The Dream of Democracy in the Middle East Term Paper by Sala6a

A discussion on authoritarian governments in the Middle East and the potential impact of the Arab Spring revolutions.
# 149907 | 2,774 words | 3 sources | MLA | 2011 | US
Published on Jan 11, 2012 in Political Science (Non-U.S.) , Middle Eastern Studies (General)

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The paper explains the two main ways through which the oppressive regimes in the Middle East have come into power and held onto that power. The paper discusses these regimes' lack of a strong civil society and a market-driven economy, inadequate income and literacy levels and their repressive military and police that triggered the Arab Spring revolutions. The paper looks at the process of democratization in the region and the multiple scenarios that may evolve as a result of the recent upheaval.

History of these Dictatorships
How these Regimes Remained in Power
The Arab Spring
The Outcomes of the Uprising

From the Paper:

"There are two main systems of government in the Middle East: monarchies and semi-democratic republics. Monarchies are governments in which the authority as whole is in the hands of a single group of people, who are mostly of royal descent. The head of state in those cases, who usually possess the title of king or queen, is guaranteed to be in office until death or abdication, and their children are often expected to hold that title after them and so on (Burgess, 1996). The system of Absolute Monarchy is more common in the Middle East than anywhere else in the world, and despite the fact thatthere are parts of the Middle East that consider themselves to be democratic republics with parliaments, in reality, they all fall under this category due to the extreme authoritarianism in those states. Most of the states in the Arabian Peninsula, as well as the North African region, are considered absolute monarchies where the head of state maintains power and passes it on to their families after them. The authoritarian nature of these corrupt regimes has recently caused the people of these states to revolt against it in what has been widely described as the "Arab Spring"."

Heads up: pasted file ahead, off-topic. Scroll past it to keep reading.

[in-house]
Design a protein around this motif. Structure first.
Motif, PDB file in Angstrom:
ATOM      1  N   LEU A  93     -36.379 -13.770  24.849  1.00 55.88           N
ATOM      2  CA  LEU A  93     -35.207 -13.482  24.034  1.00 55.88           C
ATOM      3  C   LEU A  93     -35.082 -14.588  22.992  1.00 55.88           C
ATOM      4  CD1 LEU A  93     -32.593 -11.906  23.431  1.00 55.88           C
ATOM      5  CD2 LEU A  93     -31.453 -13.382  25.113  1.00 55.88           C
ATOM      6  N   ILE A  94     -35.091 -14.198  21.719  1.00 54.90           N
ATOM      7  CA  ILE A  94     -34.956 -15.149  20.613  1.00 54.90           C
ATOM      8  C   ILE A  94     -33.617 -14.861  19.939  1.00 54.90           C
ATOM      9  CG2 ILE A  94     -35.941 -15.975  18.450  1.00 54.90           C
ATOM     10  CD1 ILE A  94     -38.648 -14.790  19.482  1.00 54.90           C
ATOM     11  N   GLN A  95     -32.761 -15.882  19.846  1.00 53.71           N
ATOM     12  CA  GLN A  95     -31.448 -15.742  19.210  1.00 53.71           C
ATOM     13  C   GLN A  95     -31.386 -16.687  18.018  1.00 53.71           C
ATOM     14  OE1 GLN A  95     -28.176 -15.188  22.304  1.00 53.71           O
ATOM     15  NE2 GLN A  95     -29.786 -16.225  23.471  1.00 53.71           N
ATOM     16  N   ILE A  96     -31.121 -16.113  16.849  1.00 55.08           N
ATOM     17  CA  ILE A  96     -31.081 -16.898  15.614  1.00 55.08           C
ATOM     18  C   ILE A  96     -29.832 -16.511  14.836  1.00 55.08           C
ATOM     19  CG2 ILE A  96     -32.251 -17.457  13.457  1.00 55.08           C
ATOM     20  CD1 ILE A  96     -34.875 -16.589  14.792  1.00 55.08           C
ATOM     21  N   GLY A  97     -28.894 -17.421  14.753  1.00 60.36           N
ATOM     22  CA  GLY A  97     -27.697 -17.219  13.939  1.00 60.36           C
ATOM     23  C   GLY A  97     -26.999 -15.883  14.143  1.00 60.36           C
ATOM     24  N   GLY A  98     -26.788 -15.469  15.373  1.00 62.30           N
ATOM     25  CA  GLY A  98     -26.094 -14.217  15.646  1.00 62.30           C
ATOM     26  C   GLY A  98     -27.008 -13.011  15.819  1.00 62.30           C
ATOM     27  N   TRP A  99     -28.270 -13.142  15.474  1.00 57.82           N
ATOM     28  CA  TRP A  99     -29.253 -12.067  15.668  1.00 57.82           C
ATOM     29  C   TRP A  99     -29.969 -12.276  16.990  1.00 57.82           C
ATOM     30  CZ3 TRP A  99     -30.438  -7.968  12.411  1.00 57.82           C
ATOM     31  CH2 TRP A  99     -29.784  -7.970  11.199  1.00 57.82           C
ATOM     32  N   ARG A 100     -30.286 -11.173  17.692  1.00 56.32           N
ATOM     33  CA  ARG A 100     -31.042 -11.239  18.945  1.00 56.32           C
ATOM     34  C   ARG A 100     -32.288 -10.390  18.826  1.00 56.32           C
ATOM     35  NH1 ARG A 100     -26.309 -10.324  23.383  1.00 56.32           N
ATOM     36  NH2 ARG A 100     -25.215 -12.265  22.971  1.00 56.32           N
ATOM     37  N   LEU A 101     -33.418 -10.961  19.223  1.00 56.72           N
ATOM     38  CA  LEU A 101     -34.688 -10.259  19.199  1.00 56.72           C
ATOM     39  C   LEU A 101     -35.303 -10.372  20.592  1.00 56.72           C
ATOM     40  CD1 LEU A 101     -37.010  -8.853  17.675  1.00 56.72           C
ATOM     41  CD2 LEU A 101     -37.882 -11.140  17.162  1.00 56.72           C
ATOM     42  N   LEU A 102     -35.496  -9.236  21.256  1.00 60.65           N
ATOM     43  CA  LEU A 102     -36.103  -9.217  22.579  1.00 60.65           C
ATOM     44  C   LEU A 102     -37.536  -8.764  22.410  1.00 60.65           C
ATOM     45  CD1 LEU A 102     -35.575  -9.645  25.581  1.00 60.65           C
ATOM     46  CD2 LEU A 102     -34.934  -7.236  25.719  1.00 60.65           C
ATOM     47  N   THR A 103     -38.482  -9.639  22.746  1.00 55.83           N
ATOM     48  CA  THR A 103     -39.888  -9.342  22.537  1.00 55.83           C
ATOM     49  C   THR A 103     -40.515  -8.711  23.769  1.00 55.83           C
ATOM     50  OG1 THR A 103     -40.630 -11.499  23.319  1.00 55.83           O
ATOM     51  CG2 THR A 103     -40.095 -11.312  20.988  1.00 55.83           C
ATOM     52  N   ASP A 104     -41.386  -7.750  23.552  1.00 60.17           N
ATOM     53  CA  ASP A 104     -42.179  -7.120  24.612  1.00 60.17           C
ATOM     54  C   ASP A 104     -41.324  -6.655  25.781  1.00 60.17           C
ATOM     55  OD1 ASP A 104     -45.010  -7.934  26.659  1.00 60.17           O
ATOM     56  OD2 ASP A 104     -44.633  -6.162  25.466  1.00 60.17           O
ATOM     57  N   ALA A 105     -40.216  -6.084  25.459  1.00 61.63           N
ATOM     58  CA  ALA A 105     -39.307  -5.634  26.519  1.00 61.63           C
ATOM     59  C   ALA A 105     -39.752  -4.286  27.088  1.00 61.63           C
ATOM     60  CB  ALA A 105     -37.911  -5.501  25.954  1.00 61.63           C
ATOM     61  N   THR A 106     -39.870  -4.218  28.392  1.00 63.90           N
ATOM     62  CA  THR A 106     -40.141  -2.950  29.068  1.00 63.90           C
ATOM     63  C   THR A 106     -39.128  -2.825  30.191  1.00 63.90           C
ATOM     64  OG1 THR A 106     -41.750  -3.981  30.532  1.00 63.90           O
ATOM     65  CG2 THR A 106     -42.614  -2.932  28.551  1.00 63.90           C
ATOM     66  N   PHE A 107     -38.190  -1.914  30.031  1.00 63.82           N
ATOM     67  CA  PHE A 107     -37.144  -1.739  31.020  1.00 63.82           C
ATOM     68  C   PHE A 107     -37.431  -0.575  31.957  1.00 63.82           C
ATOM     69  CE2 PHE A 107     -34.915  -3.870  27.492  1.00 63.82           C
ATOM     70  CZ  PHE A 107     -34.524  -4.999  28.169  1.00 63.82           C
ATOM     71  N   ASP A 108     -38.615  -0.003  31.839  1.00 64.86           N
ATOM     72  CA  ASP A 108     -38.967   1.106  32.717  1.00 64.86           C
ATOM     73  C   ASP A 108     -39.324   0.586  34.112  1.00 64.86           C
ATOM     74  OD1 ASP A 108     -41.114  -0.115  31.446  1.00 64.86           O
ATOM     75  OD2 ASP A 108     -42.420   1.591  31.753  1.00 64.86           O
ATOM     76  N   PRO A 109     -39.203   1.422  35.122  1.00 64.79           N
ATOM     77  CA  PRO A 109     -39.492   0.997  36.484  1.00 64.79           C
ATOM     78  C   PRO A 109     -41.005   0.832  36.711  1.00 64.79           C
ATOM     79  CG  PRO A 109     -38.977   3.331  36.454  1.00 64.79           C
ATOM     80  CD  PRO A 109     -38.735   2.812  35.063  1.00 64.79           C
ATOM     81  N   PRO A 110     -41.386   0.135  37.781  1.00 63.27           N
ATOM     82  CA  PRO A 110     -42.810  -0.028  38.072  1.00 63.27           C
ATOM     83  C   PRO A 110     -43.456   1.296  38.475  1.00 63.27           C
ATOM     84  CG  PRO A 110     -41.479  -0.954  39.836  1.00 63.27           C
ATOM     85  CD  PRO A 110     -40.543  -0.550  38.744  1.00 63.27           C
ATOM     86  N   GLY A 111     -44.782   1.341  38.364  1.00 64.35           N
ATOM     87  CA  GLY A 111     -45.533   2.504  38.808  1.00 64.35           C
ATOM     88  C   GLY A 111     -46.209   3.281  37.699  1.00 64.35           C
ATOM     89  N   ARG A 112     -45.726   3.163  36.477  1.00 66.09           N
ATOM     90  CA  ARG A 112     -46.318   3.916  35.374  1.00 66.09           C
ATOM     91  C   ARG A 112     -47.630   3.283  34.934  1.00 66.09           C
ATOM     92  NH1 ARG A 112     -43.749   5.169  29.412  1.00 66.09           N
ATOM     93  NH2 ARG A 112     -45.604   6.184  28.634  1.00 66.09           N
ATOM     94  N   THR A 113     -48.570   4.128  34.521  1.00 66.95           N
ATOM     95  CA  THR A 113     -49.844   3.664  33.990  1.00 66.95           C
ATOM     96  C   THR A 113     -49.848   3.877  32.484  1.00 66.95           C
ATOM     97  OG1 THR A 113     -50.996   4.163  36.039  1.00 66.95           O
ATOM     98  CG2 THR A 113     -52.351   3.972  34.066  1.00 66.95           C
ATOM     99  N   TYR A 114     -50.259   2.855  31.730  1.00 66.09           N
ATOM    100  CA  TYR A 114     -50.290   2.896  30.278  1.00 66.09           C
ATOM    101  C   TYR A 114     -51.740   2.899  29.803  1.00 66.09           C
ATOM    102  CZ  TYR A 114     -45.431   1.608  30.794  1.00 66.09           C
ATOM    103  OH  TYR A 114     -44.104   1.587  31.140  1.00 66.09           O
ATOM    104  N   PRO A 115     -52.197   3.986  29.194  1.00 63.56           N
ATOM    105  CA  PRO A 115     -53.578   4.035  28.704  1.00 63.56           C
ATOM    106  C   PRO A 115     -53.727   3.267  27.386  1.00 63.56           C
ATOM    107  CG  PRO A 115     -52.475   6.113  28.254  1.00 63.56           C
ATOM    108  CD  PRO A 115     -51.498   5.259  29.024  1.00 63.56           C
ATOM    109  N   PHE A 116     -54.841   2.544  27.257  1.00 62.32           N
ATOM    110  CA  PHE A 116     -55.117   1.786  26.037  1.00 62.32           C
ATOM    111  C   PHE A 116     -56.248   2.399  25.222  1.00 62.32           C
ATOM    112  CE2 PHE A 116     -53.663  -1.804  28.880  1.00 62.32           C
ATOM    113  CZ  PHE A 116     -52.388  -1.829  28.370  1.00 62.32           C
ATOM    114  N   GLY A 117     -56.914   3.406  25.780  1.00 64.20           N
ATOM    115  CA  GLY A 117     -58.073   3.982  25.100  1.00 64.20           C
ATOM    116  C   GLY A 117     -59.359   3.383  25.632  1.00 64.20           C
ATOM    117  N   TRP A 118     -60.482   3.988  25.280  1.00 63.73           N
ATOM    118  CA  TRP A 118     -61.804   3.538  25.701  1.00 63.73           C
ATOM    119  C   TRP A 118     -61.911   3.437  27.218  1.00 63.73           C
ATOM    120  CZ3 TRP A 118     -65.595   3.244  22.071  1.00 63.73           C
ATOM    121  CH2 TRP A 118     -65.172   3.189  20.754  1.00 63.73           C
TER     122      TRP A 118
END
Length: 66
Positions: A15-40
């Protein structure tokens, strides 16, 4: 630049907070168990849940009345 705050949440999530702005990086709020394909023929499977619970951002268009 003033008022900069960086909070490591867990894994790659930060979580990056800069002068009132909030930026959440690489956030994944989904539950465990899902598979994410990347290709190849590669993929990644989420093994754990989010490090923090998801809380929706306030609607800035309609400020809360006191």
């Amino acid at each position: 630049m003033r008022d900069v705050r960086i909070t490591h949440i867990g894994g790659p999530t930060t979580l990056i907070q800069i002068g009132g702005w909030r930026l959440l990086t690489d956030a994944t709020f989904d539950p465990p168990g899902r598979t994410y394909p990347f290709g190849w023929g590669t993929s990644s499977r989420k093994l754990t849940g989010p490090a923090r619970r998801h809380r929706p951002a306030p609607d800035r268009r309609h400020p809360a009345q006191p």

Sample of Sources Used:

  • Agha, Hussein, and Robert Malley. "The Arab Counterrevolution." New York Review of Books. (September 29, 2011): n. page. Web. 29 Nov. 2011. <>.
  • Furtig, Henner. The Arab Authoritarian Regime between Reform and Persistence. Newcastle, UK: Cambridge Scholars Publishing, 2007. Print.
  • Bellin, Eva. "The Robustness of Authoritarianism in the Middle East: Exceptionalism in Comparative Perspective." Diss. Comparative Politics, Jan., 2004),. Web. <>.

Cite this Term Paper:

APA Format

The Dream of Democracy in the Middle East (2012, January 11) Retrieved June 09, 2023, from

MLA Format

"The Dream of Democracy in the Middle East" 11 January 2012. Web. 09 June. 2023. <>